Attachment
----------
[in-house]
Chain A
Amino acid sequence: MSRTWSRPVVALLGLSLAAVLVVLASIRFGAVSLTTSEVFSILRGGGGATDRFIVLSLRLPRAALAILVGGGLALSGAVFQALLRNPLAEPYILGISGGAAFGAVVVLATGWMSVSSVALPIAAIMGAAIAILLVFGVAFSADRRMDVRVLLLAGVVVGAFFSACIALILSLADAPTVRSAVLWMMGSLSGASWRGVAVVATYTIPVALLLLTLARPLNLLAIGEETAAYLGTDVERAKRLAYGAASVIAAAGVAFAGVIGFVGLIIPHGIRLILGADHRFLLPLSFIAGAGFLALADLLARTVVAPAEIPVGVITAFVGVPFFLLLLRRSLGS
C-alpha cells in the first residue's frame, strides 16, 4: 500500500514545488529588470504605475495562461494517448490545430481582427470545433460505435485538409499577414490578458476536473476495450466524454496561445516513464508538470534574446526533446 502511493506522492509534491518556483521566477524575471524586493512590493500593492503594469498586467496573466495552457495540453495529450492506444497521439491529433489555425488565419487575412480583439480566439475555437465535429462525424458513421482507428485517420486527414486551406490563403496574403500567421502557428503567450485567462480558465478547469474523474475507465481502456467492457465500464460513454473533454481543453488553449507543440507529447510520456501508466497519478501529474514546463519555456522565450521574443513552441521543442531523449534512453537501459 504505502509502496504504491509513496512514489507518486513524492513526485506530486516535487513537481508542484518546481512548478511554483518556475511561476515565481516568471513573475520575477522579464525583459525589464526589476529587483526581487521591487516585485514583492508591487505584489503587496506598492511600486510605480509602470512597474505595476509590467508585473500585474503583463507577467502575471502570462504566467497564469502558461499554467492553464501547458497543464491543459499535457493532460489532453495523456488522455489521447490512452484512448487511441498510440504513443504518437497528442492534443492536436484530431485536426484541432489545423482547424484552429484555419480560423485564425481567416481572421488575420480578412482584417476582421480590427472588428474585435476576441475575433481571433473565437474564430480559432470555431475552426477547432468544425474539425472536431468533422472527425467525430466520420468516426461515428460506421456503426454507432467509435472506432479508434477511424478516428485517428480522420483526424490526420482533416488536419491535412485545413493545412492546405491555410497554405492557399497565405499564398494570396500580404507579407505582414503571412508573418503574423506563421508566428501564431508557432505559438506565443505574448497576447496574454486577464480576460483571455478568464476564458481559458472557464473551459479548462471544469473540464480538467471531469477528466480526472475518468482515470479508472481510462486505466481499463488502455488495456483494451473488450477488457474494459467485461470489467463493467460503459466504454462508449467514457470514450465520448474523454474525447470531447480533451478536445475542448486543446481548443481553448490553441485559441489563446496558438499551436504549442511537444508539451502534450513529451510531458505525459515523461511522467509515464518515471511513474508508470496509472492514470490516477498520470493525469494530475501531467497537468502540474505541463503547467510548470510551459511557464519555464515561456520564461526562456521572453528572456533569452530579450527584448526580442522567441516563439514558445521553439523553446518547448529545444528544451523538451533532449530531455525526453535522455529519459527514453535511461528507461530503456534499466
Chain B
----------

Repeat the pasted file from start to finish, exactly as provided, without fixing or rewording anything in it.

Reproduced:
[in-house]
Chain A
Amino acid sequence: MSRTWSRPVVALLGLSLAAVLVVLASIRFGAVSLTTSEVFSILRGGGGATDRFIVLSLRLPRAALAILVGGGLALSGAVFQALLRNPLAEPYILGISGGAAFGAVVVLATGWMSVSSVALPIAAIMGAAIAILLVFGVAFSADRRMDVRVLLLAGVVVGAFFSACIALILSLADAPTVRSAVLWMMGSLSGASWRGVAVVATYTIPVALLLLTLARPLNLLAIGEETAAYLGTDVERAKRLAYGAASVIAAAGVAFAGVIGFVGLIIPHGIRLILGADHRFLLPLSFIAGAGFLALADLLARTVVAPAEIPVGVITAFVGVPFFLLLLRRSLGS
C-alpha cells in the first residue's frame, strides 16, 4: 500500500514545488529588470504605475495562461494517448490545430481582427470545433460505435485538409499577414490578458476536473476495450466524454496561445516513464508538470534574446526533446 502511493506522492509534491518556483521566477524575471524586493512590493500593492503594469498586467496573466495552457495540453495529450492506444497521439491529433489555425488565419487575412480583439480566439475555437465535429462525424458513421482507428485517420486527414486551406490563403496574403500567421502557428503567450485567462480558465478547469474523474475507465481502456467492457465500464460513454473533454481543453488553449507543440507529447510520456501508466497519478501529474514546463519555456522565450521574443513552441521543442531523449534512453537501459 504505502509502496504504491509513496512514489507518486513524492513526485506530486516535487513537481508542484518546481512548478511554483518556475511561476515565481516568471513573475520575477522579464525583459525589464526589476529587483526581487521591487516585485514583492508591487505584489503587496506598492511600486510605480509602470512597474505595476509590467508585473500585474503583463507577467502575471502570462504566467497564469502558461499554467492553464501547458497543464491543459499535457493532460489532453495523456488522455489521447490512452484512448487511441498510440504513443504518437497528442492534443492536436484530431485536426484541432489545423482547424484552429484555419480560423485564425481567416481572421488575420480578412482584417476582421480590427472588428474585435476576441475575433481571433473565437474564430480559432470555431475552426477547432468544425474539425472536431468533422472527425467525430466520420468516426461515428460506421456503426454507432467509435472506432479508434477511424478516428485517428480522420483526424490526420482533416488536419491535412485545413493545412492546405491555410497554405492557399497565405499564398494570396500580404507579407505582414503571412508573418503574423506563421508566428501564431508557432505559438506565443505574448497576447496574454486577464480576460483571455478568464476564458481559458472557464473551459479548462471544469473540464480538467471531469477528466480526472475518468482515470479508472481510462486505466481499463488502455488495456483494451473488450477488457474494459467485461470489467463493467460503459466504454462508449467514457470514450465520448474523454474525447470531447480533451478536445475542448486543446481548443481553448490553441485559441489563446496558438499551436504549442511537444508539451502534450513529451510531458505525459515523461511522467509515464518515471511513474508508470496509472492514470490516477498520470493525469494530475501531467497537468502540474505541463503547467510548470510551459511557464519555464515561456520564461526562456521572453528572456533569452530579450527584448526580442522567441516563439514558445521553439523553446518547448529545444528544451523538451533532449530531455525526453535522455529519459527514453535511461528507461530503456534499466
Chain B